Friday 2 October 2015

Herbs of the Sun, Moon and Planets will be my next book

Sunflower Photo: Steve Andrews

I am happy to announce that I have had my book Herbs of the Sun, Moon and Planets accepted for publishing next year by Moon Books. It is already in the production stage and has some great endorsements from other authors including +Rachel Patterson and +Christopher Stone, as well as from druid Terry Dobney, Keeper of the Stones at Avebury.

But how can there be herbs growing on the Sun, the Moon, and the other planets, you are probably asking, well, the answer is that they do not grow on these heavenly bodies, but were ruled over by them, according to the ancient herbalists. Nicholas Culpeper is one of the most famous herbalists that was responsible for deciding which herbs were ruled by which planetary ruler.

The theory put forward by these past herbalists and herbalist schools of thought, was that specific deities associated with planets, such as Mars the god of war, and Venus the goddess of love, ruled over specific herbs that had characteristics associated with the deity that had dominion over them. For example, plants ruled by the Sun might have yellow flowers or petals that radiate outwards, like the sunflower. 

I do not believe that the planets have any effect on plants growing here, apart from the obvious light from the Sun that they need to grow, but the subject is certainly a fascinating one, don't you think? 

Herbs of the Sun

Besides the sunflower, some other herbs ruled by the Sun, include the St. John's wort (Hypericum perforatum), which has bright golden-yellow starry flowers, and the eyebright (Euphrasia), which has a flower that is has been associated with the eyes and is said to be good for the vision when used as a herbal remedy. The Sun is, of course, the light-giver for all plants on Earth.

Mistletoe postcard in Public Domain

 The mistletoe (Viscum album) is another herb of the Sun, and is a herb sacred to the Druids who worshipped the Sun and collected this herb at the time of the Winter Solstice. It was regarded as a herb of the Sun because it was cut down with a golden sickle and was thought to be sacred because it grew in a place between the earth and sky.

Herbs of the Moon

Herbs of the Moon are usually white or have white sap, or perhaps they bloom at night. Rounded leaves are another feature they can have. The water lily is a herb of the Moon, and so too is the jasmine (Jasminum spp), which has white perfumed flowers that emit their fragrance at night. The lettuce is also ruled by the Moon because it has a white latex inside its stems.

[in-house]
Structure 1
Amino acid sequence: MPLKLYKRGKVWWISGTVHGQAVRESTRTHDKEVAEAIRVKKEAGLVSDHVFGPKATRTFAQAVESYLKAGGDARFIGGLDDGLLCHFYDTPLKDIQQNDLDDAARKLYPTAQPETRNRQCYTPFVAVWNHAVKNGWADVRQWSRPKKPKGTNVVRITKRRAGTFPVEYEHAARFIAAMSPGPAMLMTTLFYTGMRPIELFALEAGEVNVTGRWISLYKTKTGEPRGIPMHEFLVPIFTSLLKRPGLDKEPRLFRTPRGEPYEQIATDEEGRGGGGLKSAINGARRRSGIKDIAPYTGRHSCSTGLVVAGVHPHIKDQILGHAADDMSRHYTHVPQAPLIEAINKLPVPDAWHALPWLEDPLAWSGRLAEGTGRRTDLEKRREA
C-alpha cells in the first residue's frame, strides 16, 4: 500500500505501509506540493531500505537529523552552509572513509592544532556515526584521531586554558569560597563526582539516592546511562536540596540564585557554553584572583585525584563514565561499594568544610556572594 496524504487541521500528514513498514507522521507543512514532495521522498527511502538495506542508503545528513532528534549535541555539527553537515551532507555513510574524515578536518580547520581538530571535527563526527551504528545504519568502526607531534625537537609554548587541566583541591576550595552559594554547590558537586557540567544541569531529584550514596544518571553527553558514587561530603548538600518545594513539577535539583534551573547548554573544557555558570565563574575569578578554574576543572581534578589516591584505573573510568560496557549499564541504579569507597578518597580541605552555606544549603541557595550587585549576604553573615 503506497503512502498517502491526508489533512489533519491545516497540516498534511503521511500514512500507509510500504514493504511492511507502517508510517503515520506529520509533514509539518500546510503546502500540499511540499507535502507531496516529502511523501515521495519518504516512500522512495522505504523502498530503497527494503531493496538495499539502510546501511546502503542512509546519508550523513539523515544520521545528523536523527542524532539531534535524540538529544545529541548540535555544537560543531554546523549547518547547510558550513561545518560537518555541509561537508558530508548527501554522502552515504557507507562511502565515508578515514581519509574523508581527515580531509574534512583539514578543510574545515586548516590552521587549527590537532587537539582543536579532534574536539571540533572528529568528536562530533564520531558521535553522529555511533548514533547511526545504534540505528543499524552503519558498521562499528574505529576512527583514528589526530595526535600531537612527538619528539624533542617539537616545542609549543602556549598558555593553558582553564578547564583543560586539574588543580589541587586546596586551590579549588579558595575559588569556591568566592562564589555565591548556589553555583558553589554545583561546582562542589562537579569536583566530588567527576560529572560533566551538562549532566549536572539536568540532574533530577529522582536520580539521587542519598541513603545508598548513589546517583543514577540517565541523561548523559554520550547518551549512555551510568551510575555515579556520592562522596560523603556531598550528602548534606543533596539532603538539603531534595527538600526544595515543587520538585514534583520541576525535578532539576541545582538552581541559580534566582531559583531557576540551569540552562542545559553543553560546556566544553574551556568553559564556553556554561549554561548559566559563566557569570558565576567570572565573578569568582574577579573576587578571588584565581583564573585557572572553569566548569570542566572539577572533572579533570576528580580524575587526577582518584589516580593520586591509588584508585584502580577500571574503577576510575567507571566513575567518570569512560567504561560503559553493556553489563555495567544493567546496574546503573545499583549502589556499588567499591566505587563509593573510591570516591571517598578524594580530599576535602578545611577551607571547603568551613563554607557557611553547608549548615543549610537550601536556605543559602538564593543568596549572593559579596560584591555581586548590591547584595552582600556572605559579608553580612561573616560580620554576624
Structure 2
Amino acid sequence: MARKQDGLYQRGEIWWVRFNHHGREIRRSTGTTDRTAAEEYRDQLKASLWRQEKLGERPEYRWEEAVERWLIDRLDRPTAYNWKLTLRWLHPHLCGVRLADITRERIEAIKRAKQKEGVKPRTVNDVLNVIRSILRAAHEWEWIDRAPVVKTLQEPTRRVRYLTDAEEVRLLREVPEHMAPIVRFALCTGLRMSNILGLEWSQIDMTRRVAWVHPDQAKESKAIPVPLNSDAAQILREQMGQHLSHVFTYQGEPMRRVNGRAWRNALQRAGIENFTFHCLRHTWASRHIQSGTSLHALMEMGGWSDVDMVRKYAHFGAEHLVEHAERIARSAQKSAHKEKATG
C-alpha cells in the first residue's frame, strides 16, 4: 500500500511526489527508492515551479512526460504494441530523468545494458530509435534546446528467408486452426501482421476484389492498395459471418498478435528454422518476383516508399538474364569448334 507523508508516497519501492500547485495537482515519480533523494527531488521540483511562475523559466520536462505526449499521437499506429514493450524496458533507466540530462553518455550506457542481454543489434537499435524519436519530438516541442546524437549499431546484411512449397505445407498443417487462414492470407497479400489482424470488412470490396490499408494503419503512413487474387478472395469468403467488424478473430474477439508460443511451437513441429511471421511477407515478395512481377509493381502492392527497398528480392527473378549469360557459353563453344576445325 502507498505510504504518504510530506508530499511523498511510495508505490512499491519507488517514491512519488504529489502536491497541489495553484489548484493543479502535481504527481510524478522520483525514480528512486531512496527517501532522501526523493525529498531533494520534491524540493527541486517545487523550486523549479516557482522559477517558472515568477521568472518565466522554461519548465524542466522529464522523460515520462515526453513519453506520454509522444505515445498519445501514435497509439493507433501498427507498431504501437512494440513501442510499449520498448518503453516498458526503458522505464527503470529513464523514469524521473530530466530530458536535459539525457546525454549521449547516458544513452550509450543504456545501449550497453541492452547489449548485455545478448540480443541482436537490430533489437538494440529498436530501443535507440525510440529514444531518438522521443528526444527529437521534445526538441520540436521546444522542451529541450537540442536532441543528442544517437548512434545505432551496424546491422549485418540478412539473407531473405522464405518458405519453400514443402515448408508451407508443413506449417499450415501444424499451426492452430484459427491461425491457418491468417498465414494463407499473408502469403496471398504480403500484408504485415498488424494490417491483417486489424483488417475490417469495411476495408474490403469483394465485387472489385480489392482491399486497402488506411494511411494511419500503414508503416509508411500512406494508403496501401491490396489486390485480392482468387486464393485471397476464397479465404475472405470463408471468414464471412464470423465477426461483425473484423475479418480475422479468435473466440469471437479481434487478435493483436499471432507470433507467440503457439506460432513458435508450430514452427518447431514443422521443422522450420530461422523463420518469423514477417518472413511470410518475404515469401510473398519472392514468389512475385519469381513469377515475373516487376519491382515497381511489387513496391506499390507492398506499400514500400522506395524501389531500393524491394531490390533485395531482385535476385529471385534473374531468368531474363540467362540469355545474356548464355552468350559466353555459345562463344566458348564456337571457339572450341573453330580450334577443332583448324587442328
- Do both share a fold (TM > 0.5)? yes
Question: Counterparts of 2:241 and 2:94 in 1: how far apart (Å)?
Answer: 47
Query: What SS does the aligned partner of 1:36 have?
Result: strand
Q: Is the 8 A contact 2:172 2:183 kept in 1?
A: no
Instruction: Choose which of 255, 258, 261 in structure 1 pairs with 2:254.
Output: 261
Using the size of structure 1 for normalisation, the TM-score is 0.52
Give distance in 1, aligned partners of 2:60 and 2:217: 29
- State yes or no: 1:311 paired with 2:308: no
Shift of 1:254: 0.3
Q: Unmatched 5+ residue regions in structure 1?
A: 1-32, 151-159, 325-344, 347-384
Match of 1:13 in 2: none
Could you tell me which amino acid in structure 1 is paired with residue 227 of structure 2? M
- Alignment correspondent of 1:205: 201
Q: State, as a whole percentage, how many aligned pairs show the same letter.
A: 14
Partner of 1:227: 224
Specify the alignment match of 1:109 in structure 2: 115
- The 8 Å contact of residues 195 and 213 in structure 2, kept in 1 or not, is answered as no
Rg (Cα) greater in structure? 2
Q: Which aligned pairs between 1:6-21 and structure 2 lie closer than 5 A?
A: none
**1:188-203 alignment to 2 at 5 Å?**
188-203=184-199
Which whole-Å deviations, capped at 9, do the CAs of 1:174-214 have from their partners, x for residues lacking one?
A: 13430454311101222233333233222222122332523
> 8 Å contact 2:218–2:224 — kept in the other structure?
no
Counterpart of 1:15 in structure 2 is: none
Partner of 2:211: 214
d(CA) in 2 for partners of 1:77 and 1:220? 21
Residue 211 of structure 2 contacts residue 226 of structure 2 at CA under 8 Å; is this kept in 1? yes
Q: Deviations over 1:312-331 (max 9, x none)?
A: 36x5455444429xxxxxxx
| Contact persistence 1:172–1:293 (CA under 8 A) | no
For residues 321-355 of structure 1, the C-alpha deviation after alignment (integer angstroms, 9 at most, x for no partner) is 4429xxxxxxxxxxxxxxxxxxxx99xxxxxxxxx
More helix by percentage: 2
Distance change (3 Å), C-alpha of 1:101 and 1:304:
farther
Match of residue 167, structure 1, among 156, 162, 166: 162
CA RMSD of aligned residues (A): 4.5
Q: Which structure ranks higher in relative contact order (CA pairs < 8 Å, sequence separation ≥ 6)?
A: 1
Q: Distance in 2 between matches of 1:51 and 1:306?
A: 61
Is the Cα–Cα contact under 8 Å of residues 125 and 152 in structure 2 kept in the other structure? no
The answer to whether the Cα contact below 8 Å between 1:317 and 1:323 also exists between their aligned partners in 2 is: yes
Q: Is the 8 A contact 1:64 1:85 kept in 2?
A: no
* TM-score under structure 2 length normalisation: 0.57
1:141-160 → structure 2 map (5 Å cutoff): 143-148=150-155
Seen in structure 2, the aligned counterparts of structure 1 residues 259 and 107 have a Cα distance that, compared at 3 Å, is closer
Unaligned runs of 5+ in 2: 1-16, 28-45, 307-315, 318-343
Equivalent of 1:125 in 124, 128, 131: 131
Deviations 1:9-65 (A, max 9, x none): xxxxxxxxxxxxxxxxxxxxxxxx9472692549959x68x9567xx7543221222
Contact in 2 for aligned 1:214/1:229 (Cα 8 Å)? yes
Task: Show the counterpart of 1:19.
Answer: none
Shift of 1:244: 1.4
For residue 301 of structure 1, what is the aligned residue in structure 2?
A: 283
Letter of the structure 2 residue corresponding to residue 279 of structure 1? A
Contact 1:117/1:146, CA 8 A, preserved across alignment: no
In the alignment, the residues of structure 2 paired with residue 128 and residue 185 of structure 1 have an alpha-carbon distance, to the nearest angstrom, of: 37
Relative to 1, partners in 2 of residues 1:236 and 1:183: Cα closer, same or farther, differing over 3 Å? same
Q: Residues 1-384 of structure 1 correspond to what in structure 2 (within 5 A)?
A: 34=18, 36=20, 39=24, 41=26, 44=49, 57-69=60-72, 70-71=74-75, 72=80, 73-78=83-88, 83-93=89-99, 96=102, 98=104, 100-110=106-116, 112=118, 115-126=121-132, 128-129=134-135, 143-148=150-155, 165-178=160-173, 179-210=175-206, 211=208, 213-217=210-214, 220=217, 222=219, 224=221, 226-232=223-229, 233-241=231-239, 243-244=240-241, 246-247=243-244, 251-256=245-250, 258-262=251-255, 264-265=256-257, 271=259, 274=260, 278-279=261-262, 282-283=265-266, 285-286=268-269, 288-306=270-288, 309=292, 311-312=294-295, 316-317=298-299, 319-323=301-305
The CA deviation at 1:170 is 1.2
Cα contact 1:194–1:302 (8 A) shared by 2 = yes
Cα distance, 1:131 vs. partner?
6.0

Herbs of Mercury

Mercury was regarded as the messenger of the gods, so herbs associated with this planet have something to do with communication. 

Fennel (Foeniculum vulgare), with its delicate foliage, aroma of anise, and tall and graceful appearance is a herb of Mercury, and it certainly communicates to our senses. The mint and lavender are also ruled by Mercury and these herbs are very aromatic too. 

Herbs of Venus

Venus the goddess of love is also associated with sex, sensuality and femininity. Herbs that are ruled by Venus must have some association with these characteristics. 

Greater Periwinkle in Public Domain Photo: Rosser1954

The vervain (Verbena officinalis) and periwinkle (Vinca major) are two herbs that have been used in witchcraft to attract love, so it is not surprising to find them included in the herbs of Venus.  The rose, as already mentioned, is often used as a symbol of love.  The catnip (Nepeta cataria) or catmint, is another herb of Venus, and cats certainly love this plant! 

Herbs of Mars

Herbs ruled by Mars have some characteristics that make you think of aggression or war, or perhaps their red flowers, berries or sap reminds us of blood.  

Dragon Trees in Public Domain

The dragon tree (Dracaena draco) with its sword-shaped spiky leaves and red sap that is known as dragon's blood is, not surprisingly, regarded as a herb of Mars.  The meadow buttercup is another herb of Mars, and you are probably wondering why this pretty yellow flower is regarded as a herb that has anything to do with warfare and aggression? The answer is that its sap is very acrid and can burn the skin. This is why it is known to science as Ranunculus acris.

Herbs of Jupiter

The gassy giant planet Jupiter is associated with expansion and with deep thought and philosophy.  There are several trees that are governed by Jupiter, presumably because their branches spread outwards.  The lime tree (Tilia europea) is one of these, and so is the oak. 

Thorn Apple in Public Domain

The poisonous herb thorn apple (Datura stramonium), which can cause hallucinations and death, is another herb of Jupiter. It can produce out-of-the-body experiences and is used by tribal shamans and in witchcraft but is a very dangerous plant. It is also known as Devil's Weed and Hierba del Diablo in Spanish. It is included in my Herbs of the Northern Shaman because of its hallucinogenic properties and because of its use for ceremonial and magical purposes. 

Herbs of Saturn

Saturn is thought of as the "Grim Reaper" and it is associated with old age and death. 

Hemlock in Public Domain

Poisonous herbs, including the deadly nightshade (Atropa belladonna), monkshood (Aconitum napellus), henbane (Hyoscyamus niger) and hemlock (Conium maculatum) are considered as plants ruled by this planet. All of these herbs are included in my Herbs of the Northern Shaman too because they have all been used in witchcraft and were ingredients of flying ointments. They are very dangerous plants though that can have fatal consequences if ingested.  

The morning glory (Ipomoea tricolor) is another of the herbs of Saturn, and some varieties such as Flying Saucers and Heavenly Blue are so beautiful they look as if they could be from another planet!